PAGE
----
A slew of early-round international and domestic tournaments, classic matches and a daily news show will highlight the upstart Tennis Channel's initial programming slate.
The network, which is expected to launch in third-quarter 2002, will offer more than 1,000 hours of U.S. tournament coverage, as well as a reality series and tennis instructional shows as part of its original programming lineup, Tennis Channel president and founder Steve Bellamy said.
Former Home Box Office executive David Meister is also spearheading Tennis's gambit to jump into the digital-cable arena. The network also has support from an investment group headed by former Viacom Inc. bigwigs, including ex-CEO Frank Biondi.
The Tennis Channel has held discussions with cable and satellite distributors, but has no carriage commitments at this point, Bellamy said. Officials declined to discuss the service's rate card.
Overall, 40 percent of the network's first programming serve will consist of tournament play, with another 40 percent made up of instructional programming and 20 percent consisting of news and information shows.
The Tennis Channel's initial slate will include coverage of such Association of Tennis Professionals tournaments as the International Championships in Del Ray, Fla., and the Hall of Fame Championships in Newport, R.I.
The Women's Tennis Association events on tap are the Acura Classic from La Costa, Calif. and the Bank of the West Classic from Stanford, Calif., Bellamy said. The network will also feature Senior Men's Tour Events from Naples, Fl, Richmond, Va. and San Francisco, Calif.
Bellamy said the channel would offer mostly early-round coverage of the tournaments, which could yield as much as 12 hours of programming a day, per event.
Interspersed between tournament coverage will be the network's Tennis News Daily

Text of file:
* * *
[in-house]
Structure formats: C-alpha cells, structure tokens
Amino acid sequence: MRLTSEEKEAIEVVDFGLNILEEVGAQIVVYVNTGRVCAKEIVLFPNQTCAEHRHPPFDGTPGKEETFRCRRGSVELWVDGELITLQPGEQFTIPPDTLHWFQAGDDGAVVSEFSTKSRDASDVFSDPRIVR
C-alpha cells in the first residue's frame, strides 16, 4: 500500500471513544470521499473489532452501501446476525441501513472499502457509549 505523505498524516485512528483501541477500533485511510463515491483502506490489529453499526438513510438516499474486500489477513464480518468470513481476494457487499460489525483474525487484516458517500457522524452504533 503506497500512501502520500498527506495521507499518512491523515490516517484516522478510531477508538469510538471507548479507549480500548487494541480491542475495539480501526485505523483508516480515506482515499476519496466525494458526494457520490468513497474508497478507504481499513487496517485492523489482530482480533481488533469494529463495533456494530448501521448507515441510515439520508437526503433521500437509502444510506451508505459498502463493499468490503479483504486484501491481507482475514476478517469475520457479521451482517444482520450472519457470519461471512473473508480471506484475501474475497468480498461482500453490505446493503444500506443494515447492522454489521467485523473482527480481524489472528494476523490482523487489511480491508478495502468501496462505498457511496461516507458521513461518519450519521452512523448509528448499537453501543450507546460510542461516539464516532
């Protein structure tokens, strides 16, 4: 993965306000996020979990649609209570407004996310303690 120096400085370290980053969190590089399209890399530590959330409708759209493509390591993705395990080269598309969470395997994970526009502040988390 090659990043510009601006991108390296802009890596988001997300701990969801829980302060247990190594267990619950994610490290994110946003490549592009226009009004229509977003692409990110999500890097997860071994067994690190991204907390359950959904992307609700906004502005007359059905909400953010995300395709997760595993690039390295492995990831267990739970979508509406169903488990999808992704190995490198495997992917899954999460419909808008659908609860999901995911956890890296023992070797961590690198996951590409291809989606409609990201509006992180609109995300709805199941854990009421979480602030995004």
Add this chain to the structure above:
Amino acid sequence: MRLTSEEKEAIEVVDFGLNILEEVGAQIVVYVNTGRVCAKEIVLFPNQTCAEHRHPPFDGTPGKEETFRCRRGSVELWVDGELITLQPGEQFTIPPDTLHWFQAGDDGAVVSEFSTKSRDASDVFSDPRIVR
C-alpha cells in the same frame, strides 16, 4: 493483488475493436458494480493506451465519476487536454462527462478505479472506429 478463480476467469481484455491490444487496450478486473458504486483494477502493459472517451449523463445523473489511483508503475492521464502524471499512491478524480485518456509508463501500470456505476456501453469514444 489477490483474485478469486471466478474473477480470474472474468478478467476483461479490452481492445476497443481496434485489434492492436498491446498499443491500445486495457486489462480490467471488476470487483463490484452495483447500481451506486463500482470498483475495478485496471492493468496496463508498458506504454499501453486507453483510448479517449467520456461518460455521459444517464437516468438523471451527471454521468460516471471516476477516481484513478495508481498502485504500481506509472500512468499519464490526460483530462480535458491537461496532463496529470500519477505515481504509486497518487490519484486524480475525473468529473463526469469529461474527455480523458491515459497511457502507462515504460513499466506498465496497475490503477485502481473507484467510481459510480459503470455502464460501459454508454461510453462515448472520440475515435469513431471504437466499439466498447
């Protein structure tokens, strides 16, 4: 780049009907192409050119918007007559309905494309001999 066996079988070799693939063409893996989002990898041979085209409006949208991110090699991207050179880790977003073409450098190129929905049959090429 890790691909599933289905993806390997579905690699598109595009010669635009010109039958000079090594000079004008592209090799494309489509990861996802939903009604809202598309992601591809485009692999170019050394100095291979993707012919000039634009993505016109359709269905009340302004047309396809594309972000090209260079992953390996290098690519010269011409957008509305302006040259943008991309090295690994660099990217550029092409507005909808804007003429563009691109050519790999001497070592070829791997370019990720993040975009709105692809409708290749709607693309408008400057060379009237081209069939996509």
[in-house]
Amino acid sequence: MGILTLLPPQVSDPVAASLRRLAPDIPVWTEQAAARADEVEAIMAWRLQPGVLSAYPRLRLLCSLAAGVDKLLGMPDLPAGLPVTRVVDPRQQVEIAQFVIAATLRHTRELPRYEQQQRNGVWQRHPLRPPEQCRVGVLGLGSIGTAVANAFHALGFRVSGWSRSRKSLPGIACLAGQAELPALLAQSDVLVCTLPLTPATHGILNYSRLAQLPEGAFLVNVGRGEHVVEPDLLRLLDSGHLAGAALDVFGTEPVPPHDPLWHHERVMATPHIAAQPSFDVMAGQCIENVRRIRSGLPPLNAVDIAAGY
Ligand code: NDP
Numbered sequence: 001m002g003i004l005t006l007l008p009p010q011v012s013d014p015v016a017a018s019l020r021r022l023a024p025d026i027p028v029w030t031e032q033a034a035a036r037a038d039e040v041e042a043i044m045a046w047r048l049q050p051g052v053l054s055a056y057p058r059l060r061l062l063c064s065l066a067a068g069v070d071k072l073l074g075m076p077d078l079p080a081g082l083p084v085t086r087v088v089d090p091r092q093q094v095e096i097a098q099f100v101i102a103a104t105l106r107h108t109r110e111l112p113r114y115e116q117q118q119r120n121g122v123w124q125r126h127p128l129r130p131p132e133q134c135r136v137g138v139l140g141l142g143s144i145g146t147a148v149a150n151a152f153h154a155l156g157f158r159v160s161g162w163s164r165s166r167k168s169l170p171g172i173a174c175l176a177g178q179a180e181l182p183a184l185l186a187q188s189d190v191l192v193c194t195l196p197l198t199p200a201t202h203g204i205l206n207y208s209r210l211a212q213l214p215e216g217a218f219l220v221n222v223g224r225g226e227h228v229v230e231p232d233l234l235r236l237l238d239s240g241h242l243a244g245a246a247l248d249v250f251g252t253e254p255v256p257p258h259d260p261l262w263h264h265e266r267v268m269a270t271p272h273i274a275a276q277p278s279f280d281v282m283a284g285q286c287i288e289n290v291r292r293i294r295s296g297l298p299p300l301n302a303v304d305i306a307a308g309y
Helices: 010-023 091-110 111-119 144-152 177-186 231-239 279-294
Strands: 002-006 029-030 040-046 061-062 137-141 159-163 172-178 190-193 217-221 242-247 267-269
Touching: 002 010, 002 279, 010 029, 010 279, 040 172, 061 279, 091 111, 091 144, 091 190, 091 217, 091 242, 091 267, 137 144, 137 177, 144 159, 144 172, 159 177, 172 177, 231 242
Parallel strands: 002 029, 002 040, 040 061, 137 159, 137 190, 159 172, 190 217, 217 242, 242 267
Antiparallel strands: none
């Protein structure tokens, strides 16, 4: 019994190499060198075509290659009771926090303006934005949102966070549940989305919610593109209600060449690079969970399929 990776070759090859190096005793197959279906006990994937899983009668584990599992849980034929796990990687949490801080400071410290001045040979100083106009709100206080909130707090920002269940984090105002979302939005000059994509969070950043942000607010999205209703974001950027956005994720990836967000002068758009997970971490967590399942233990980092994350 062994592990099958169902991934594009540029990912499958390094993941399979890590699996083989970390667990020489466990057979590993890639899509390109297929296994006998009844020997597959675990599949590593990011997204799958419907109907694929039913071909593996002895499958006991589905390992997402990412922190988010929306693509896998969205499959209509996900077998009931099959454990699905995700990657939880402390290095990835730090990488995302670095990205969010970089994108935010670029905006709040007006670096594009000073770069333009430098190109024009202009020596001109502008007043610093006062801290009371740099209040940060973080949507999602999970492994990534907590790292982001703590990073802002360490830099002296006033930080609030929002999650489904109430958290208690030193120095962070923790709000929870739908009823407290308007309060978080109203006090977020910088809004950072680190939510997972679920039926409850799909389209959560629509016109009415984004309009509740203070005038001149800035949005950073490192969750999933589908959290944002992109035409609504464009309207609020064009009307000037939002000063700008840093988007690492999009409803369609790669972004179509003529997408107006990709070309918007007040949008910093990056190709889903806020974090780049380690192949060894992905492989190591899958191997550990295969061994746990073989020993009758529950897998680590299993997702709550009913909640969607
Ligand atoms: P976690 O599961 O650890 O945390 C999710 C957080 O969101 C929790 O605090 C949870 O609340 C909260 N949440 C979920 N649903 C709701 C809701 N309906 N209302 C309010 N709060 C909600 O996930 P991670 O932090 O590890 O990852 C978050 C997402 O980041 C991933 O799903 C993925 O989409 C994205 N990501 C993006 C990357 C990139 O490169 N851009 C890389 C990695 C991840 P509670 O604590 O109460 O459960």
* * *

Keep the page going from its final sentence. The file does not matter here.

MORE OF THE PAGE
reports. Complete with player interviews, up-to-date tournament results, rankings, the latest earnings and previews of up-and-coming players, the show will serve as the network's staple news and information destination.
The show will also run during primetime each night. "We don't always know how long a tournament will go, so we will have the ability to move back and forth to the news desk," Bellamy said.
During non-tournament hours and weekends, the network will offer vintage tennis matches featuring some of the game's legends, including Jimmy Connors, John McEnroe, Bjorn Borg, Billie Jean King and Martina Navratilova, Bellamy said.
Other original shows include The Player's Lounge,
an interview and talk show in which the top tennis pros will discuss everything from technique and training to strategy, as well as field calls from viewers; Beyond the Lines,
in which viewers join players to experience their off-the-court regimens; and Gearheads,
an equipment show about the latest in rackets, shoes, strings and accessories.
A fourth show, Destination Tennis
— which provides viewers with the best travel packages and the best places to play — is also scheduled to debut next year, Bellamy said.
R. Thomas Umstead serves as senior content producer, programming for Multichannel News, Broadcasting + Cable and Next TV. During his more than 30-year career as a print and online journalist, Umstead has written articles on a variety of subjects ranging from TV technology, marketing and sports production to content distribution and development. He has provided expert commentary on television issues and trends for such TV, print, radio and streaming outlets as Fox News, CNBC, the Today show, USA Today, The New York Times and National Public Radio. Umstead has also filmed, produced and edited more than 100 original video interviews, profiles and news reports featuring key cable television executives as well as entertainers and celebrity personalities.
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